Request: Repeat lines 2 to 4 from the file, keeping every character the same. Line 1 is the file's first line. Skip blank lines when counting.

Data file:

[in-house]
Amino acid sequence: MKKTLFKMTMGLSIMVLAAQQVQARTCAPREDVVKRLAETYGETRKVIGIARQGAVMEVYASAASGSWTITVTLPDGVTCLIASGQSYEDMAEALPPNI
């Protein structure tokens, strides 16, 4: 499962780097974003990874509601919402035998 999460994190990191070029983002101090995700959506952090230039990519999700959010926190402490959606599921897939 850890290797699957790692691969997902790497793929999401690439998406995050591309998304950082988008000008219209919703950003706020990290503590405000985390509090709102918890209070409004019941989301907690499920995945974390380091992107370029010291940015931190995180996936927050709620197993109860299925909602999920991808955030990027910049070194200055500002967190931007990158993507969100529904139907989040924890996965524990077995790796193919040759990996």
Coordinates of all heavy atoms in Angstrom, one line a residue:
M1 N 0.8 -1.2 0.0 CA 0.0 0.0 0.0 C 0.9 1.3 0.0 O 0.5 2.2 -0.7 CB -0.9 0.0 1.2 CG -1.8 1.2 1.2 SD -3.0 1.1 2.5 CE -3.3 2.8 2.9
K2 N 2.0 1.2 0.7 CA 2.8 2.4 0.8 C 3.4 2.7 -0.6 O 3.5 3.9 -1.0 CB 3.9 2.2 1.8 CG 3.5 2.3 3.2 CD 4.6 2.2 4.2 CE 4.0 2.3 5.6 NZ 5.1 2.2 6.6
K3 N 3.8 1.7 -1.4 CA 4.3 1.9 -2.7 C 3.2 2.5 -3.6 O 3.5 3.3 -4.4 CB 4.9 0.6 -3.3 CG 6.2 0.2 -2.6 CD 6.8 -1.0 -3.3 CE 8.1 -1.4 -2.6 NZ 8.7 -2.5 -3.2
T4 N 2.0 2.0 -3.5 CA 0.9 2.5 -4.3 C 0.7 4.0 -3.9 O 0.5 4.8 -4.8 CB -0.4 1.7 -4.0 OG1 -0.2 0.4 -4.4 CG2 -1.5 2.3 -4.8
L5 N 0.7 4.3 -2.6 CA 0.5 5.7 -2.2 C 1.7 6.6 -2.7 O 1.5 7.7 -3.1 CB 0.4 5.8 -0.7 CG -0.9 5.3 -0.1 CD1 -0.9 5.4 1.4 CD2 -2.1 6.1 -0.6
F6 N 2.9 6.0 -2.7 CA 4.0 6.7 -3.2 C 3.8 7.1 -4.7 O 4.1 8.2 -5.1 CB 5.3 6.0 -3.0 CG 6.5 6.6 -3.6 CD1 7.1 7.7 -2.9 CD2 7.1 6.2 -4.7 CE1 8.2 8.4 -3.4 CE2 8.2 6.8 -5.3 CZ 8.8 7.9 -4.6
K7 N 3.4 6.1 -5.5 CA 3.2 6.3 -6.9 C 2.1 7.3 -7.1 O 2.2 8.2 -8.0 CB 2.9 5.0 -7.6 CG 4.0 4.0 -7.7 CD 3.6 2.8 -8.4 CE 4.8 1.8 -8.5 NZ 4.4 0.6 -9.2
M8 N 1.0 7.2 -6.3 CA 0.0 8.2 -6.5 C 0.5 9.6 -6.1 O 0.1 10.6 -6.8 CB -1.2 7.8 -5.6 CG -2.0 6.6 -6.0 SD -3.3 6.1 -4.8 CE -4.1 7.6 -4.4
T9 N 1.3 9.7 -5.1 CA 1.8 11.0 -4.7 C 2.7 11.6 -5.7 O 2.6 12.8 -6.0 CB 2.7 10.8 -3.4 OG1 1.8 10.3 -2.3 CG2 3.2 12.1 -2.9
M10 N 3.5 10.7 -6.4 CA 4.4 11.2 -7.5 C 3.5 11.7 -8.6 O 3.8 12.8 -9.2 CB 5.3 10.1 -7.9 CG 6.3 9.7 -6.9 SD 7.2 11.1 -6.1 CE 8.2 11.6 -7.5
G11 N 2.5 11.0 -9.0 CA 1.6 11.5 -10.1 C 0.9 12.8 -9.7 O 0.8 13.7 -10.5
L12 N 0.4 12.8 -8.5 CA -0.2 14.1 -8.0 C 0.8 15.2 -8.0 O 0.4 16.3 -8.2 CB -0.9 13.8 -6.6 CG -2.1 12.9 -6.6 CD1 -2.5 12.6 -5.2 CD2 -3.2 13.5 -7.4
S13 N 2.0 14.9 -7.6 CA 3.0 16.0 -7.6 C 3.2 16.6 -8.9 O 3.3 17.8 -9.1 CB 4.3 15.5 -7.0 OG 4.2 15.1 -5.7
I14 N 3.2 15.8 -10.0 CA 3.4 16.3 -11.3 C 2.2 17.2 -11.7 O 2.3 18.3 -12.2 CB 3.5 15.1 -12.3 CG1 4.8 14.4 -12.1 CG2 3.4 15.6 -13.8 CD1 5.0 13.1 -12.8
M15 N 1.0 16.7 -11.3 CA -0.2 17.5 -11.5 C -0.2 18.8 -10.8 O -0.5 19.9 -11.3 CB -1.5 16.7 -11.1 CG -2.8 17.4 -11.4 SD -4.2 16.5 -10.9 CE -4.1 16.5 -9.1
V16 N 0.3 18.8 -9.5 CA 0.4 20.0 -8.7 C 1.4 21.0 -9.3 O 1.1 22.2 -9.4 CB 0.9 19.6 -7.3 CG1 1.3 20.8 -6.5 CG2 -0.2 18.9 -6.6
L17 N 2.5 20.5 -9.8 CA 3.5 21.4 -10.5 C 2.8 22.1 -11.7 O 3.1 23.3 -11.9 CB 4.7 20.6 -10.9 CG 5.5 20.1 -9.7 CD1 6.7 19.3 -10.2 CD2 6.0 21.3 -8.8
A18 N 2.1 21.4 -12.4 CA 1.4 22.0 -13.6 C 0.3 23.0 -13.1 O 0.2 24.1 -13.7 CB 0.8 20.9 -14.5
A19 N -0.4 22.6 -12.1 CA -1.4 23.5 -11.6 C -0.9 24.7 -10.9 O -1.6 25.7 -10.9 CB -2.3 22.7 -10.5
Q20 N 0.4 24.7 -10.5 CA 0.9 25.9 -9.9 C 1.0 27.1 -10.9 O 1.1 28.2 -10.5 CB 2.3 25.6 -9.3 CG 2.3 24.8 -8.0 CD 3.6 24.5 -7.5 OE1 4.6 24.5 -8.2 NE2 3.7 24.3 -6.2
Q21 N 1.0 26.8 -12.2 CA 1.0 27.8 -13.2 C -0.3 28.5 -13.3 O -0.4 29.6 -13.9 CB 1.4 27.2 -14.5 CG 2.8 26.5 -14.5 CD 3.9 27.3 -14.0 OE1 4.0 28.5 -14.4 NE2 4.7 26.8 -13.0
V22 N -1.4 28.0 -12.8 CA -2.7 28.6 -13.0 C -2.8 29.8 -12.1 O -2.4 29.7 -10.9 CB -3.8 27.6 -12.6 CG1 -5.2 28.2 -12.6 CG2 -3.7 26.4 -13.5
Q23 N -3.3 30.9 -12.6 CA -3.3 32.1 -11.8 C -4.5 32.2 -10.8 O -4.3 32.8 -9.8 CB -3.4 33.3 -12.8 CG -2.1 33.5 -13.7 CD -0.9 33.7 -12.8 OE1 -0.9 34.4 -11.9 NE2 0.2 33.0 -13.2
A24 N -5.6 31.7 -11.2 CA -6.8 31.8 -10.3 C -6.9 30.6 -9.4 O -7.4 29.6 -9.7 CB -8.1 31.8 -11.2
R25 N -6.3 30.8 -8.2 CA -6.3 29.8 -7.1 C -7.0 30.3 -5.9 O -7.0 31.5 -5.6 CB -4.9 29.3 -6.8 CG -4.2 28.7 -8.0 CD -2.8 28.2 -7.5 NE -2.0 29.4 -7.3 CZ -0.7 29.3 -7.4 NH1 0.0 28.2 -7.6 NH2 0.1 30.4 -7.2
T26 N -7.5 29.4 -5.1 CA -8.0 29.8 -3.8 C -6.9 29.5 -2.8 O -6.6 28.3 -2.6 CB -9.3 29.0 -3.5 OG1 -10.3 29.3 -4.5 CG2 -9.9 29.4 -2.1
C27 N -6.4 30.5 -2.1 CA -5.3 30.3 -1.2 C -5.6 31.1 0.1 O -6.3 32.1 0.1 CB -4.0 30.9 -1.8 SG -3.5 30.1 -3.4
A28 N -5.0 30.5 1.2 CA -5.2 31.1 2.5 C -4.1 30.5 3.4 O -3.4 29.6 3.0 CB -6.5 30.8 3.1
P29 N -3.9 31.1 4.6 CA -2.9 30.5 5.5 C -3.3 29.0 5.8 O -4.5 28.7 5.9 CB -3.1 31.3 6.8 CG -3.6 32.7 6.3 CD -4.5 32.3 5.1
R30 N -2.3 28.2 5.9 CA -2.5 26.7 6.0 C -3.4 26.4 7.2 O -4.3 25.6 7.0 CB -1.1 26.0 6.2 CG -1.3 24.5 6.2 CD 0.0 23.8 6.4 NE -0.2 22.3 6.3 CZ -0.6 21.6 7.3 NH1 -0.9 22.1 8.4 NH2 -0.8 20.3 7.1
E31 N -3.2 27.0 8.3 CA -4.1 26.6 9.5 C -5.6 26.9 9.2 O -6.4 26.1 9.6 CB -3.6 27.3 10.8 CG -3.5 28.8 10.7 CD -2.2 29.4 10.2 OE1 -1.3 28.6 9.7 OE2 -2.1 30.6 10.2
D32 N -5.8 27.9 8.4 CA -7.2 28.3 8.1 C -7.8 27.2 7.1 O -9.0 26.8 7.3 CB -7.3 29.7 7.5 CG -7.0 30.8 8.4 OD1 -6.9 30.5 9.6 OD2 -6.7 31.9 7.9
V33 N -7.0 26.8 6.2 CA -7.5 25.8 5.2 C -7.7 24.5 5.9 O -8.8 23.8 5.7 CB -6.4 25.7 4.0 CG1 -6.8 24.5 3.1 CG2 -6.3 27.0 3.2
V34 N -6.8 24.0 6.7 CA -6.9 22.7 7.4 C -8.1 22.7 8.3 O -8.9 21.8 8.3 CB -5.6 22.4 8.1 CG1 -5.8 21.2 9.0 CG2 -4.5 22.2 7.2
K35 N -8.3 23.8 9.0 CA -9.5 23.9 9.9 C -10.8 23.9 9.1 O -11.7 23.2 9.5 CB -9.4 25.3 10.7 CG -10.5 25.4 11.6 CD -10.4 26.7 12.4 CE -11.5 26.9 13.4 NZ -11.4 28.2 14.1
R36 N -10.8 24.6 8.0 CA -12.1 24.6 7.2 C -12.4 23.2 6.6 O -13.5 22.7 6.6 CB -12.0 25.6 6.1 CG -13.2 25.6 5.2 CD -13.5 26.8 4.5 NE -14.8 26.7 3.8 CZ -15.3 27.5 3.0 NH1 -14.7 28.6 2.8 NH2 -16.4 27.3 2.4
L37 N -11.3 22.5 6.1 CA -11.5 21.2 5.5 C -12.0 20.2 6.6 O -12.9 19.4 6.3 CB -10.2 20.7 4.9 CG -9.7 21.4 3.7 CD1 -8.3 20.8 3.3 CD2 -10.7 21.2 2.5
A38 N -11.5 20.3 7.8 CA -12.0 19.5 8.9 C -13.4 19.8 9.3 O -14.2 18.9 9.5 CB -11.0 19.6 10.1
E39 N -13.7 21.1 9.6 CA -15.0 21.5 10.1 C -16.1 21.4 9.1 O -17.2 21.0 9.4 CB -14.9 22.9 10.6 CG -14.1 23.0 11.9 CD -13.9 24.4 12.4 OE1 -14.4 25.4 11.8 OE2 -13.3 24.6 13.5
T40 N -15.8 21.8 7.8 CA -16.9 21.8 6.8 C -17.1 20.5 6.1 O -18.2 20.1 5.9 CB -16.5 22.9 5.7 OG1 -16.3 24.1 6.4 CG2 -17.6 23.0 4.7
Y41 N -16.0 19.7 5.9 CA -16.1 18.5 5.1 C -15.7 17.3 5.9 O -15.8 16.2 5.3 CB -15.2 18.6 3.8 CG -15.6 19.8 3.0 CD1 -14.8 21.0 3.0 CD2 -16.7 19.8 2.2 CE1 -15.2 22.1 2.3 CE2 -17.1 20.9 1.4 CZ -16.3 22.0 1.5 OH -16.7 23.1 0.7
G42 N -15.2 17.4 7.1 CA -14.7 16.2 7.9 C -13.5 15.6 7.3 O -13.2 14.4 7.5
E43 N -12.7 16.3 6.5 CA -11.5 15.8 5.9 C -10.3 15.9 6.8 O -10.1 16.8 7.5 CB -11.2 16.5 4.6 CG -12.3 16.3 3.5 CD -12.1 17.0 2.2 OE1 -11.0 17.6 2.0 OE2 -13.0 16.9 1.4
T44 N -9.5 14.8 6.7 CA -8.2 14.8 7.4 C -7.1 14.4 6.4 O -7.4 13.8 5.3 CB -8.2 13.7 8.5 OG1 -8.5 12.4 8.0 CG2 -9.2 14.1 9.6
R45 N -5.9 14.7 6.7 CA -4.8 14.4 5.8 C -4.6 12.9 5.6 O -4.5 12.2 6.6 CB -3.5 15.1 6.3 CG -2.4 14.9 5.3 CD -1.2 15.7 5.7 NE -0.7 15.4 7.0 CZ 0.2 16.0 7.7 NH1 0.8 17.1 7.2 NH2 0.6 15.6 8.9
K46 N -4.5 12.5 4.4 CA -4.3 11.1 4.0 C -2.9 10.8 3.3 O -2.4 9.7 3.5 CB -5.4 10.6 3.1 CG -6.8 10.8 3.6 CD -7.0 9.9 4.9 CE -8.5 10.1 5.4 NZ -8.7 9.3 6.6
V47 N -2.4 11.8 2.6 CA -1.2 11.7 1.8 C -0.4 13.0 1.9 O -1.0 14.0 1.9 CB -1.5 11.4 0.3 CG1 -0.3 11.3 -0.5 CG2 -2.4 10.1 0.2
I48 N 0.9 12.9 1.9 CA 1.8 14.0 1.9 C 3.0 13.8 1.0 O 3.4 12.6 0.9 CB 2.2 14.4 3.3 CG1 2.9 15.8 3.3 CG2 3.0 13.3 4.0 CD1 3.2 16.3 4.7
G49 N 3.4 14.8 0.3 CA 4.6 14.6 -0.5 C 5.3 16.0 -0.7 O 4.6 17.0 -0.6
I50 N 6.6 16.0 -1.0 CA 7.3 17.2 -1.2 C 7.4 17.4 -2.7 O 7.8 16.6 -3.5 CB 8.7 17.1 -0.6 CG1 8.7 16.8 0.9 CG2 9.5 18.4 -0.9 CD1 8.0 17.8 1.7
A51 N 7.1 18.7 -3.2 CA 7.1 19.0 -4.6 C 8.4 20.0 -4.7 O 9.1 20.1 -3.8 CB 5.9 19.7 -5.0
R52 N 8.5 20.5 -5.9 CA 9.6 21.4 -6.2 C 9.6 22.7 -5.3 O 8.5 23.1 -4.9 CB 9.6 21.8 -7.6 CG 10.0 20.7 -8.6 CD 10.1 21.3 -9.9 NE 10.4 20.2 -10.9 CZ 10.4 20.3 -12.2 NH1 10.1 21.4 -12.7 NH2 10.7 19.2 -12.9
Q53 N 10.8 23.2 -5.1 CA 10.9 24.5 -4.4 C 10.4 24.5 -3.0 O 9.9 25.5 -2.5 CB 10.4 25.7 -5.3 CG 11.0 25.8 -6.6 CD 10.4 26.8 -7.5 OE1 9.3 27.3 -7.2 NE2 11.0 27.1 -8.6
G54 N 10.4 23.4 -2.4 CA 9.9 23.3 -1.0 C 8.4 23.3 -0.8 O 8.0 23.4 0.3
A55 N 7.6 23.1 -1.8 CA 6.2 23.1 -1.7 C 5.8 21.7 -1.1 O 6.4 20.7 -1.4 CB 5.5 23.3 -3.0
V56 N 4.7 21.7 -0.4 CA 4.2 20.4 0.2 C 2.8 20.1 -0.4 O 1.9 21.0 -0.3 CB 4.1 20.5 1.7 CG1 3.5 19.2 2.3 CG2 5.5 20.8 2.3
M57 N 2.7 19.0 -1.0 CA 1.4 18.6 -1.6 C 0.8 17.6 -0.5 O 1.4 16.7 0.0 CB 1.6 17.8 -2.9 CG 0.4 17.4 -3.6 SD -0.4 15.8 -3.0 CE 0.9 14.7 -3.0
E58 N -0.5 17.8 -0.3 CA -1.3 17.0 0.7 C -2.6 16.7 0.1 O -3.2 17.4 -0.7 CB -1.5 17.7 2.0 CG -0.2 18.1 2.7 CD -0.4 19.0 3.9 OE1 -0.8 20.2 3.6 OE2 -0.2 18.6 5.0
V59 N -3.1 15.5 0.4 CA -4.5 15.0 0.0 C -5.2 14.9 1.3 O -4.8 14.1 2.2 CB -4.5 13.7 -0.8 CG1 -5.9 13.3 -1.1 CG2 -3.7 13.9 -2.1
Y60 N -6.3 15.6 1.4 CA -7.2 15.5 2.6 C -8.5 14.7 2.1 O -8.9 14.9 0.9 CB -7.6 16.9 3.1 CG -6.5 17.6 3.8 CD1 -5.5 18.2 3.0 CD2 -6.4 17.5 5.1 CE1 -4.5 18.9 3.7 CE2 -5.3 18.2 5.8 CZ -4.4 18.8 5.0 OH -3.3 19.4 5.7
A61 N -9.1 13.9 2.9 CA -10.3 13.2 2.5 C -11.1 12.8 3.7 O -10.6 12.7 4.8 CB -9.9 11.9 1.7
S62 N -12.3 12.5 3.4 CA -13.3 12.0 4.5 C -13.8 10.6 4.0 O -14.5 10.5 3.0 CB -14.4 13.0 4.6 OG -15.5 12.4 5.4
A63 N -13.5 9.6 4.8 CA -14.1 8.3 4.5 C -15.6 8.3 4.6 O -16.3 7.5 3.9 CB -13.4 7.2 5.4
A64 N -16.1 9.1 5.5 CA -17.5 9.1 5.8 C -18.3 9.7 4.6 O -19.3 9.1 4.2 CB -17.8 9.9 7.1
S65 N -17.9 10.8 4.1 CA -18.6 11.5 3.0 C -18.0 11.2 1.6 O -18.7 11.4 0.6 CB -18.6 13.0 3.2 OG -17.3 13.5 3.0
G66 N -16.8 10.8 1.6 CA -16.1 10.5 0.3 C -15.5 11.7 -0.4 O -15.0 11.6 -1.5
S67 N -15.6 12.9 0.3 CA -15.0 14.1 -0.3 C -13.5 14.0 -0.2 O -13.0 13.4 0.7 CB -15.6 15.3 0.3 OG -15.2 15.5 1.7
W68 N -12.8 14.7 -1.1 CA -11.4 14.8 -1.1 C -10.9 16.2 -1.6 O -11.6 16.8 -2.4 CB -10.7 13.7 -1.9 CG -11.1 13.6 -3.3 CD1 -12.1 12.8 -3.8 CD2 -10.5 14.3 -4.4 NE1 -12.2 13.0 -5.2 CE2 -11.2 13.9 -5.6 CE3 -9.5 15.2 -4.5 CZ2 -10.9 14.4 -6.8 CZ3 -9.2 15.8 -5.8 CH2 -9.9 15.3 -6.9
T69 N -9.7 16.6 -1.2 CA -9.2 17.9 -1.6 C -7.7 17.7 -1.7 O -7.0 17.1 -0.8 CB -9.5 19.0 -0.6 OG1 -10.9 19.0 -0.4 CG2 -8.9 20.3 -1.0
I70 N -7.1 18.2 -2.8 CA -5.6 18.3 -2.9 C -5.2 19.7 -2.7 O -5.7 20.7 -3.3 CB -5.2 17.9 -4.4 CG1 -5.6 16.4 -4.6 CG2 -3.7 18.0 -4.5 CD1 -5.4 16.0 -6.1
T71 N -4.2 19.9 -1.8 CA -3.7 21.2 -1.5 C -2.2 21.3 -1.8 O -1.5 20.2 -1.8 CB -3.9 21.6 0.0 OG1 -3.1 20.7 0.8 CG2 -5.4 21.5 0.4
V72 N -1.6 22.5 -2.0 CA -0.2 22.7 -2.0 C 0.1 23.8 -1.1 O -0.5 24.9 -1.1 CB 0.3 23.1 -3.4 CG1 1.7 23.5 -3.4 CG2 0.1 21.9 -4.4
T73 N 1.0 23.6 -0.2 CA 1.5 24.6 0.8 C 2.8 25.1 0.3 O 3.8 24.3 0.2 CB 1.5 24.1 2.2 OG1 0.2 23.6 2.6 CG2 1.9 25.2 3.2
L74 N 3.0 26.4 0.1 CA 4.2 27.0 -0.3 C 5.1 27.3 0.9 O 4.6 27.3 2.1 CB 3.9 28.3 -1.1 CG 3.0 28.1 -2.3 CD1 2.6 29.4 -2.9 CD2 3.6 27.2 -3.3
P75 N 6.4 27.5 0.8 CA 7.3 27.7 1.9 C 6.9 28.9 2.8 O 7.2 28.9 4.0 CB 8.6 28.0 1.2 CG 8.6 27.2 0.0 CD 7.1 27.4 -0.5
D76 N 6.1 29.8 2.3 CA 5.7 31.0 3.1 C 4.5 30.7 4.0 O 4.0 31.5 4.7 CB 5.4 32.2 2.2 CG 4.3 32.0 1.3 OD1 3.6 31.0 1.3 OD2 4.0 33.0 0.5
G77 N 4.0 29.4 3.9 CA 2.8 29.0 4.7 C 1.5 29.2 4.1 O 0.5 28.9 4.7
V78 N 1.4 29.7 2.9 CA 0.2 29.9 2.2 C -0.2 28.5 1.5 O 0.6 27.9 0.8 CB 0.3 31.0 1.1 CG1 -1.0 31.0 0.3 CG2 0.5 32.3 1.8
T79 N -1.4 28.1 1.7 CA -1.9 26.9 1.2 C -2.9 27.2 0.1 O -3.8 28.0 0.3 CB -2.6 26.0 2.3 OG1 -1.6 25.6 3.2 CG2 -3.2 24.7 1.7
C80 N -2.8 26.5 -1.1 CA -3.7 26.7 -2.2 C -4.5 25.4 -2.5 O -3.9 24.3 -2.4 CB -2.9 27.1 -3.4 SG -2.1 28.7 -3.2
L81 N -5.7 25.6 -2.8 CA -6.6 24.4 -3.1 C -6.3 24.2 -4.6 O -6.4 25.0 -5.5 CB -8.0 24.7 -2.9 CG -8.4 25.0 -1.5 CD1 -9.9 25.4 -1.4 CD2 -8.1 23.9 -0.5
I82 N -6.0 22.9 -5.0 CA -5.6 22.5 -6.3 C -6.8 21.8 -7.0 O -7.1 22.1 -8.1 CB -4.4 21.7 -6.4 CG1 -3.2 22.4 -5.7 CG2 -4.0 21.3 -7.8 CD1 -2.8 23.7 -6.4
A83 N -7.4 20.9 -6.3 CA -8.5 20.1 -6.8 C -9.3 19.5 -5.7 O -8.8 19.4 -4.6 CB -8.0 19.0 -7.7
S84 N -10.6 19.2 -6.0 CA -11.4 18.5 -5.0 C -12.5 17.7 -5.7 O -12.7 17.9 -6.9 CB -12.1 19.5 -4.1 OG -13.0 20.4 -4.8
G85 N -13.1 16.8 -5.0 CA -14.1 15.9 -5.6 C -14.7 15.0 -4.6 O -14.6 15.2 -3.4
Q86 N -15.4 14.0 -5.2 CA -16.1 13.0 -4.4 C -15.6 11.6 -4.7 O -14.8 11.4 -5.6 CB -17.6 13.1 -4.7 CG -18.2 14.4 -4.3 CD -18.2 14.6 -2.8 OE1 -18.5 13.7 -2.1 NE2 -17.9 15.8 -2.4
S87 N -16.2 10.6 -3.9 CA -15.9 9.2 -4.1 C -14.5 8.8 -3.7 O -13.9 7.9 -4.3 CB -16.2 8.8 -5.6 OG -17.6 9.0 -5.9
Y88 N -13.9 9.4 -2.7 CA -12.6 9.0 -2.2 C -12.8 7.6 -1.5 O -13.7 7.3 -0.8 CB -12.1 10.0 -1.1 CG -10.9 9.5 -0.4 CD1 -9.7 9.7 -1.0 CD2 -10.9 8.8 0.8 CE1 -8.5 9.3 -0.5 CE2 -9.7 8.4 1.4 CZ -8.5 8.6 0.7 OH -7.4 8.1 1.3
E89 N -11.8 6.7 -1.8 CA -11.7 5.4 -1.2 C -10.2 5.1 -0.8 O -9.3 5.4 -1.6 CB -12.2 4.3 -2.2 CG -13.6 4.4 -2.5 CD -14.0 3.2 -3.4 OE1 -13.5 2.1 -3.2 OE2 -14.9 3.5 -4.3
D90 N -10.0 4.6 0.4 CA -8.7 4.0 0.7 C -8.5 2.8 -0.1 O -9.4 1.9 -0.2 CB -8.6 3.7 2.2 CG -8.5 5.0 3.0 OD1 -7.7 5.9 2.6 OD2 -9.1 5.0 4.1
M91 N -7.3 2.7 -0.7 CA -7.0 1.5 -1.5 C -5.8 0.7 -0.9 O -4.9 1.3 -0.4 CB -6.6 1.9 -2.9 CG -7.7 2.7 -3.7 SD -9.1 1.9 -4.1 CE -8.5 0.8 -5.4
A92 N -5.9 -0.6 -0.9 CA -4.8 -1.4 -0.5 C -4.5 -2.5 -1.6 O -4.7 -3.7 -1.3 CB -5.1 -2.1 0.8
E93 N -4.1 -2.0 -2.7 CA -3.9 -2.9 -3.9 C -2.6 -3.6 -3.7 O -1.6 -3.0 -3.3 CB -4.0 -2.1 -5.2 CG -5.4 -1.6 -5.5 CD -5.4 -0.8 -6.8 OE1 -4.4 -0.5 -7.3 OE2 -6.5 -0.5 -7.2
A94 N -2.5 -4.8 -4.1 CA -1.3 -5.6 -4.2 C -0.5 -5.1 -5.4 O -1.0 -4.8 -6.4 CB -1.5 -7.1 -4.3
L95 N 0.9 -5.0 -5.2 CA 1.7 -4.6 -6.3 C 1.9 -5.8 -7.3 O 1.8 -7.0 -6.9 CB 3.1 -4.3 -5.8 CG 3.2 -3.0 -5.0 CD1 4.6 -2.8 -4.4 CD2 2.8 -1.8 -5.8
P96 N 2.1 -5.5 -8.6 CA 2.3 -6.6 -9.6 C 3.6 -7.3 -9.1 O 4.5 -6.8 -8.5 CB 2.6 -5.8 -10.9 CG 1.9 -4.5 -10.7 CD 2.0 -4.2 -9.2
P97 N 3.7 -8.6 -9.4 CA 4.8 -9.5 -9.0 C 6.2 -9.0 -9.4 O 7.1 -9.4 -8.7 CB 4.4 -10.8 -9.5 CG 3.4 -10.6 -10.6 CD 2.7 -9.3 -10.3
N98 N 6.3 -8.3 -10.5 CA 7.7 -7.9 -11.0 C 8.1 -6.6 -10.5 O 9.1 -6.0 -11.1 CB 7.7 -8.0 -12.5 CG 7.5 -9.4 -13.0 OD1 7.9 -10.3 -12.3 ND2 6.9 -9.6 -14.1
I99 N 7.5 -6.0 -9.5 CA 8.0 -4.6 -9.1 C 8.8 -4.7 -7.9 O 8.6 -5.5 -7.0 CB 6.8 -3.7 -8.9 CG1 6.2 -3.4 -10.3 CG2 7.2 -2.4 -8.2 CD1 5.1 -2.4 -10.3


Amino acid sequence: MKKTLFKMTMGLSIMVLAAQQVQARTCAPREDVVKRLAETYGETRKVIGIARQGAVMEVYASAASGSWTITVTLPDGVTCLIASGQSYEDMAEALPPNI
């Protein structure tokens, strides 16, 4: 499962780097974003990874509601919402035998 999460994190990191070029983002101090995700959506952090230039990519999700959010926190402490959606599921897939 850890290797699957790692691969997902790497793929999401690439998406995050591309998304950082988008000008219209919703950003706020990290503590405000985390509090709102918890209070409004019941989301907690499920995945974390380091992107370029010291940015931190995180996936927050709620197993109860299925909602999920991808955030990027910049070194200055500002967190931007990158993507969100529904139907989040924890996965524990077995790796193919040759990996």
Coordinates of all heavy atoms in Angstrom, one line a residue: